With Election Day less than three weeks away, the number of people voting by mail has exploded in Colorado, a pivotal battleground state up for grabs in November. Nearly half of the state’s registered voters have requested ballots by mail, compelling the Obama and McCain campaigns to kick-start their get-out-the-vote efforts — and devise new and imaginative ones.I appreciate the convenience, but I do not like this trend. I much preferred, in New Hampshire, going to my community's polling station -- it made me feel like a citizen in a community. Sure, it was usually a cold snowy mess, and I hardly ever knew anyone there, and I'm not that social to begin with, but for that day, at least, I felt part of something. I saw people with placards. I got to see people voting. There was something about that.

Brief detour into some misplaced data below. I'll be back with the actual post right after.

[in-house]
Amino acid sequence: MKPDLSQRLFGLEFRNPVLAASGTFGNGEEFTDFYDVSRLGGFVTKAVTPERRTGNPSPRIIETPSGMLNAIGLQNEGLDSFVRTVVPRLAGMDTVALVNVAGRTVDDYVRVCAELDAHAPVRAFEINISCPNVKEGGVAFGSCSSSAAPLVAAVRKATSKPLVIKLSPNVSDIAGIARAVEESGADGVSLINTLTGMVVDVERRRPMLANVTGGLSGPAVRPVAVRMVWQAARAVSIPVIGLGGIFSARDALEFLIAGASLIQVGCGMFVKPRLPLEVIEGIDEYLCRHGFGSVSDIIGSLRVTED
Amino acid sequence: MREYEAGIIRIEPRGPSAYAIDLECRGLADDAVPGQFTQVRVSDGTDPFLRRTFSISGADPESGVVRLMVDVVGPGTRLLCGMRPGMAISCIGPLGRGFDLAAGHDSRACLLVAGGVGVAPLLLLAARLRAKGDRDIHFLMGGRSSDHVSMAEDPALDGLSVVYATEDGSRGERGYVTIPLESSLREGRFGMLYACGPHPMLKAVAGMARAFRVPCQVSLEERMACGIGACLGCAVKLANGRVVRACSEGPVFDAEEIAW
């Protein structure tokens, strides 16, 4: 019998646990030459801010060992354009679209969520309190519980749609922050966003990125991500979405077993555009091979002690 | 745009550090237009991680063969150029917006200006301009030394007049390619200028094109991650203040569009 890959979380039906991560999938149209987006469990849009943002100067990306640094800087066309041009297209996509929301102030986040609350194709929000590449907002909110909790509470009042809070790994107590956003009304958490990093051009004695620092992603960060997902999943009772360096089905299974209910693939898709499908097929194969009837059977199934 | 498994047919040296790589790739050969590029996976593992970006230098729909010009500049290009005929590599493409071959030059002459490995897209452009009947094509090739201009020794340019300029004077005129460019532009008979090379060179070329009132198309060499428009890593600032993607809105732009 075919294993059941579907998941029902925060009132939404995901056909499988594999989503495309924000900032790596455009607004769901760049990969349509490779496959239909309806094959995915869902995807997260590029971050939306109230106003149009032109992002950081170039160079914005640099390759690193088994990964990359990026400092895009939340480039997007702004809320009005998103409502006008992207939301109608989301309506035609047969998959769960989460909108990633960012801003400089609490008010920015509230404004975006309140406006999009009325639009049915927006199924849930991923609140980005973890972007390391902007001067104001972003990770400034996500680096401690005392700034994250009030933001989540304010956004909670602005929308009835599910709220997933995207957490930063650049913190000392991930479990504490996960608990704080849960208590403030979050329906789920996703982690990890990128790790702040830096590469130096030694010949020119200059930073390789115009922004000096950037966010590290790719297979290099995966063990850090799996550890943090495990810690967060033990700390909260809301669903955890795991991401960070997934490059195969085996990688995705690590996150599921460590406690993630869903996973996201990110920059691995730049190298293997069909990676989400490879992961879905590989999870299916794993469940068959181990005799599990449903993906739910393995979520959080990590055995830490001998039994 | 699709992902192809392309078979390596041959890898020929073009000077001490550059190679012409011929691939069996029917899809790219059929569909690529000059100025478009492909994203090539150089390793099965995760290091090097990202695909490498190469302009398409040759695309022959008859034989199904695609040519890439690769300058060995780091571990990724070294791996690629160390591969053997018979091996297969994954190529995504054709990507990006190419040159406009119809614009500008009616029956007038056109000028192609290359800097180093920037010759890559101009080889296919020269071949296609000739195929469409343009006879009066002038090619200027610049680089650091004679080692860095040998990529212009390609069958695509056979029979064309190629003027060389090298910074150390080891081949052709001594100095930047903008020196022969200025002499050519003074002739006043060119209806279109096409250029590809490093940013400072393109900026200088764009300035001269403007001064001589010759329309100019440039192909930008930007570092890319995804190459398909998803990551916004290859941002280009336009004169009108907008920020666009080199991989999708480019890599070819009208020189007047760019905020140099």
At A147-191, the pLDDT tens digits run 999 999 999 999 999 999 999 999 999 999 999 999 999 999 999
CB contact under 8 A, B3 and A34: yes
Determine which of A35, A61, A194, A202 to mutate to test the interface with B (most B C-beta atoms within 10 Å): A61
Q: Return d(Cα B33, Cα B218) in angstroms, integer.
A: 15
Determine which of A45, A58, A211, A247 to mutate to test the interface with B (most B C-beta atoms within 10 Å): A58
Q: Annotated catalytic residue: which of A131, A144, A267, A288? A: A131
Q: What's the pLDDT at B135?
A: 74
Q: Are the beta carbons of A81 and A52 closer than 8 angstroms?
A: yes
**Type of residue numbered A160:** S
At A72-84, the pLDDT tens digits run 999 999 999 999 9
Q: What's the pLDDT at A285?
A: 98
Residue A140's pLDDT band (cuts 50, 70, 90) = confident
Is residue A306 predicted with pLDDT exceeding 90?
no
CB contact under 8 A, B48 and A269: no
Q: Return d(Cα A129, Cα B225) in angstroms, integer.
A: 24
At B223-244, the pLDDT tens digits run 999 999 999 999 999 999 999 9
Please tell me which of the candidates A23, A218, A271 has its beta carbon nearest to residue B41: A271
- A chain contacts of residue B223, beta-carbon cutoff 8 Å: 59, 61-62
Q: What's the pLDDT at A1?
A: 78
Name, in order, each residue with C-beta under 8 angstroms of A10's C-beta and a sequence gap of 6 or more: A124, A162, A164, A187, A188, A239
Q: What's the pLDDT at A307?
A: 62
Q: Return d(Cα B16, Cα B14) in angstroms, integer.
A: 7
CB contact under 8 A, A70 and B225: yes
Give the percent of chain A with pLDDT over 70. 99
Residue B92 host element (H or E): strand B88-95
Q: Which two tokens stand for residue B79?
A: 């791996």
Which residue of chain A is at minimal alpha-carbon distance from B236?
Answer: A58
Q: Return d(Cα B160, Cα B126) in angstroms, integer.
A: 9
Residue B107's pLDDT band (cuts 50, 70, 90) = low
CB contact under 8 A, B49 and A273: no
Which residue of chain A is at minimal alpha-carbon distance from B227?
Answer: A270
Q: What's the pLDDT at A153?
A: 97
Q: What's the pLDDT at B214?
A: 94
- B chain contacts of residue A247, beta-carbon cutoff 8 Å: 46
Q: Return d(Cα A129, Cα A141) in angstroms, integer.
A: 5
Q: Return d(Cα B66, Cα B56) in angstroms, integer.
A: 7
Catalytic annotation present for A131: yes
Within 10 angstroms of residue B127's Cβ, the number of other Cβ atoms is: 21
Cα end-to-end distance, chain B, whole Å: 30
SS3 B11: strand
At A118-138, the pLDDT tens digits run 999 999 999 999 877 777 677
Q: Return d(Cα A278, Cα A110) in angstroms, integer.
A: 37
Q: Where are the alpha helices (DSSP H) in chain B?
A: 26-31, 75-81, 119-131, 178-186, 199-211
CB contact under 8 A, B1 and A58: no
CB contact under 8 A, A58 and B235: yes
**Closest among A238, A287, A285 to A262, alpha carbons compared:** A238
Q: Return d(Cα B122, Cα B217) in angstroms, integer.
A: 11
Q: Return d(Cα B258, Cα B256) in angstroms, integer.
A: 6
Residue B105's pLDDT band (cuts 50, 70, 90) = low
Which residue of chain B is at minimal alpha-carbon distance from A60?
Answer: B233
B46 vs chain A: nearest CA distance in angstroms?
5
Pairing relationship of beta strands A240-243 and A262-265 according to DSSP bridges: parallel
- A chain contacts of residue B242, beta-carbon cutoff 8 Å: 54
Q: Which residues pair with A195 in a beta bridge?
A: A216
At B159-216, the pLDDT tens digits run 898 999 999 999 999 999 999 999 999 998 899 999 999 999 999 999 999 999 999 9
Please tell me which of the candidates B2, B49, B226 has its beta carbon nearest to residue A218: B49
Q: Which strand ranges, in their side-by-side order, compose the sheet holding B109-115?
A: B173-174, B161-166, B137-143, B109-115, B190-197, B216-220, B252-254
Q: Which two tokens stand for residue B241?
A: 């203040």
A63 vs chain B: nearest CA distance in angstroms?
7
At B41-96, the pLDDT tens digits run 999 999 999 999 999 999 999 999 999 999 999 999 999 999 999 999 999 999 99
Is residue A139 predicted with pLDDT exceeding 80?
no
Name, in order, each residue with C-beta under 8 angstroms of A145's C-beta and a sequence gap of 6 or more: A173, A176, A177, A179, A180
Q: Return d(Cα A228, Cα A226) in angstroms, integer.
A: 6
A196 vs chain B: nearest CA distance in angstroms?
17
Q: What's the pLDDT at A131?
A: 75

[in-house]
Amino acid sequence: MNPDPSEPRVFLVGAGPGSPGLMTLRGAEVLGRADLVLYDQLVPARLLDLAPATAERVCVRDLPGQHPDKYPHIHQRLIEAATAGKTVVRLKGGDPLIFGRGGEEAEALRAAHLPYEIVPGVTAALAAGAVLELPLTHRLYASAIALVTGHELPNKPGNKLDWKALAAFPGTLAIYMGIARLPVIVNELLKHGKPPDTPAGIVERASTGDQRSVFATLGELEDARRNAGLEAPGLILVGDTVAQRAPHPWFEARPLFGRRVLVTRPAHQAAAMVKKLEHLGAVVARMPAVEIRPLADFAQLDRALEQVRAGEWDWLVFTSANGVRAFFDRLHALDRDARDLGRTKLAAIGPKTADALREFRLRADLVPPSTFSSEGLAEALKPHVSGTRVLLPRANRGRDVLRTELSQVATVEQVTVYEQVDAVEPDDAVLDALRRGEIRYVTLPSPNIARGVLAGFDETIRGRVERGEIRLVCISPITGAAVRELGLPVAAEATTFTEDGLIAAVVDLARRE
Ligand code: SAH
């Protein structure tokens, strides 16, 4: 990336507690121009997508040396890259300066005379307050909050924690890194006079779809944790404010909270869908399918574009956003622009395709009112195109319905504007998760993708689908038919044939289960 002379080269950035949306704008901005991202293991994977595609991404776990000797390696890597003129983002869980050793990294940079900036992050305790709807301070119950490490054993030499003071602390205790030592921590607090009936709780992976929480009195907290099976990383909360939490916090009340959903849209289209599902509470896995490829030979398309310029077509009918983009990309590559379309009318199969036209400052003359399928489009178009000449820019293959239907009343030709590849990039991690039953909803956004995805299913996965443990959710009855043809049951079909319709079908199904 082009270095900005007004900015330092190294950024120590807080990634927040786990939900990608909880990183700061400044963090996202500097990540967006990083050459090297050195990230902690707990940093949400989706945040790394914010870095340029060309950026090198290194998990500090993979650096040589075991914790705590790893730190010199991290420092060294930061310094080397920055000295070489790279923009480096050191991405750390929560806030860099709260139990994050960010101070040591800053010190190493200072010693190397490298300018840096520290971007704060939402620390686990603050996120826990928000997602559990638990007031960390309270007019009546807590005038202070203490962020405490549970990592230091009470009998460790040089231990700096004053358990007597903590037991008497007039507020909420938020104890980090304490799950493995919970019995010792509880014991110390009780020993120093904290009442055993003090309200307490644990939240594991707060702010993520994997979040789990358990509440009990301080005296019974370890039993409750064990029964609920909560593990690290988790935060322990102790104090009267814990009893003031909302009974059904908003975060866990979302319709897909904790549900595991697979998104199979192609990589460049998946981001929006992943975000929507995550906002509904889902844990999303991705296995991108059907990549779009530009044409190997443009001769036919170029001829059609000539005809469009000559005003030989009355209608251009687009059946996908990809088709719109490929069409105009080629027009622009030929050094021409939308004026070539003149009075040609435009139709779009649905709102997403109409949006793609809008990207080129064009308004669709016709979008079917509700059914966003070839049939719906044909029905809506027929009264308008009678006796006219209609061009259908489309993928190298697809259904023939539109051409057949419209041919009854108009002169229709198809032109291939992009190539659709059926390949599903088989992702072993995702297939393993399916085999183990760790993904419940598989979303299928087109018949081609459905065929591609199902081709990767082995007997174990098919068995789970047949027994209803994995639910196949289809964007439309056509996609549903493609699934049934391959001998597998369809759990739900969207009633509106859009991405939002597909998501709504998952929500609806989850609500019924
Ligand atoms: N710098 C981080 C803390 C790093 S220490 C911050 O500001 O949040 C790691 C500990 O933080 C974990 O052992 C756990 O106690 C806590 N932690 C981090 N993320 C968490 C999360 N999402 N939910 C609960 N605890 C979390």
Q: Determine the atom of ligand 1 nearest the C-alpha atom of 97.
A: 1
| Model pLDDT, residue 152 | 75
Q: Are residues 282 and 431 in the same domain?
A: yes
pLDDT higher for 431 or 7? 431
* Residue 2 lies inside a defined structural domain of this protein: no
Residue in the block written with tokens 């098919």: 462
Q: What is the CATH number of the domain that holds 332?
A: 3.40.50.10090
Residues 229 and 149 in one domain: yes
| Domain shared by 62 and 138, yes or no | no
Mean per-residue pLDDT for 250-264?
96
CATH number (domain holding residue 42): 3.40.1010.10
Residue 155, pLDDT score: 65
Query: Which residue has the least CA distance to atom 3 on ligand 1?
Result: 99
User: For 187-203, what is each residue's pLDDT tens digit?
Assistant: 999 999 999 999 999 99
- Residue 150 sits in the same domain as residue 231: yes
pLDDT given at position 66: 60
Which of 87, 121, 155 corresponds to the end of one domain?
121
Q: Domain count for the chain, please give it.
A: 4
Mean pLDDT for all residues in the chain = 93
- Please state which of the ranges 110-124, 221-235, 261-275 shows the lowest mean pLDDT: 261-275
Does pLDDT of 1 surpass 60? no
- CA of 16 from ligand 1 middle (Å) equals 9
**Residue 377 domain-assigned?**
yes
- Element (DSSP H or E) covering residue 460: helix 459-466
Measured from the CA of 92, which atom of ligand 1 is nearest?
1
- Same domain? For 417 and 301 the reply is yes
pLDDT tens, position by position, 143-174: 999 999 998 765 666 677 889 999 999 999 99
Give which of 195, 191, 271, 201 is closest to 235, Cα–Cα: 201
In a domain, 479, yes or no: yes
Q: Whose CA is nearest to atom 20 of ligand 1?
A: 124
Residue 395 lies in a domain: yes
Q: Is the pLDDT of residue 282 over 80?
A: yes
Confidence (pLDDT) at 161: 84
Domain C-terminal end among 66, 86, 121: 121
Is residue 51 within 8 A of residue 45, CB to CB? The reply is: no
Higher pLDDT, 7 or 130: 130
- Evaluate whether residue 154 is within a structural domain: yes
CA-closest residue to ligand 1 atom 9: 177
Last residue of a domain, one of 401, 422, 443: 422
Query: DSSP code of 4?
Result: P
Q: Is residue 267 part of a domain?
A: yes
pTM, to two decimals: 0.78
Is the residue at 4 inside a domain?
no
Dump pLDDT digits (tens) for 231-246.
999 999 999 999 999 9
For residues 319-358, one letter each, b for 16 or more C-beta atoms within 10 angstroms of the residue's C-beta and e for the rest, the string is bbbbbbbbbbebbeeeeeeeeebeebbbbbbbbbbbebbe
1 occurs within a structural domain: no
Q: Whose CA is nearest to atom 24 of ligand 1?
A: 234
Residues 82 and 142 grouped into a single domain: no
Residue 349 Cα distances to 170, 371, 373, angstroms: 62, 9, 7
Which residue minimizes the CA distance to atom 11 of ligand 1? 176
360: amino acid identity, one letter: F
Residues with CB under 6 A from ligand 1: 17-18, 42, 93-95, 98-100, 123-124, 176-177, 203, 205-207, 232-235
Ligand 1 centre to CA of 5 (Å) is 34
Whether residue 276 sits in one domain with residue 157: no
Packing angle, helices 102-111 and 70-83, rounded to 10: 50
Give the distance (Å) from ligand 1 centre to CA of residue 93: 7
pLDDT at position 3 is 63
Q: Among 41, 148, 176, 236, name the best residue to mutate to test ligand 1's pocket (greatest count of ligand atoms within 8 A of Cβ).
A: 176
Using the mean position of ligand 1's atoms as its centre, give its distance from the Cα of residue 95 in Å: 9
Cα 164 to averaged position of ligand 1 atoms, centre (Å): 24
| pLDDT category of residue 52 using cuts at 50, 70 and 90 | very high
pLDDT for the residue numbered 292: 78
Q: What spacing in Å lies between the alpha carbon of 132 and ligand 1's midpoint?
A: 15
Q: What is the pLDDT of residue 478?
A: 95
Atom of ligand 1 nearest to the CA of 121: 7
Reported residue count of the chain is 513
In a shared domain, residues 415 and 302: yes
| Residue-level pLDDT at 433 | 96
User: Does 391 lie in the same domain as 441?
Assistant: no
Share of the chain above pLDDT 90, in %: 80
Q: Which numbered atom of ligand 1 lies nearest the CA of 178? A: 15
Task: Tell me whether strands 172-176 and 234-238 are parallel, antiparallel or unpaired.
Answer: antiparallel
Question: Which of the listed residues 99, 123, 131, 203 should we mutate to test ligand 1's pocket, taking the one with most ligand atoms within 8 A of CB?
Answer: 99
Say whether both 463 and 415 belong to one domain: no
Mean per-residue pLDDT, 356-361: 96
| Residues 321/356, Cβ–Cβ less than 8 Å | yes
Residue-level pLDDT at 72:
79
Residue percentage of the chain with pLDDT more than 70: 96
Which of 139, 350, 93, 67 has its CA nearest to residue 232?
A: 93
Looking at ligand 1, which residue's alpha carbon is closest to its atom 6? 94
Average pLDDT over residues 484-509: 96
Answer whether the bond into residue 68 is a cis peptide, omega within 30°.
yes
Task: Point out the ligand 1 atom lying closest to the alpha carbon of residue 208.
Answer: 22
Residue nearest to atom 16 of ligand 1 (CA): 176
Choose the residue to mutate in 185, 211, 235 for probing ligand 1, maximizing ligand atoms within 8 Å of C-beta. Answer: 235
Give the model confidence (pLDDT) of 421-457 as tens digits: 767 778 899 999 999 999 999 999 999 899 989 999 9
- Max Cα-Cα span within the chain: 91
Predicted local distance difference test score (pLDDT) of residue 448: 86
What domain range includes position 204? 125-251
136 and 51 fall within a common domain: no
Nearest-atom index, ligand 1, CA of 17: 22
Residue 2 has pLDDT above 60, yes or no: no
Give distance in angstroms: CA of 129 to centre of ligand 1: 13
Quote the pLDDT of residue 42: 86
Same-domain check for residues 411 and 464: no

It helps a little bit that in NH, during primary season, as soon as you come out of the building a couple of pollsters descend on you (I always declined to answer them). You feel a little special.
But I think the breakdown in community is ruining our country, and so I hate to see anything that contributes to its decline. No doubt we will all, in 8 or so years, be voting via the Internet, making it even worse. Voting rates may go up -- that doesn't necessarily mean it's a better system.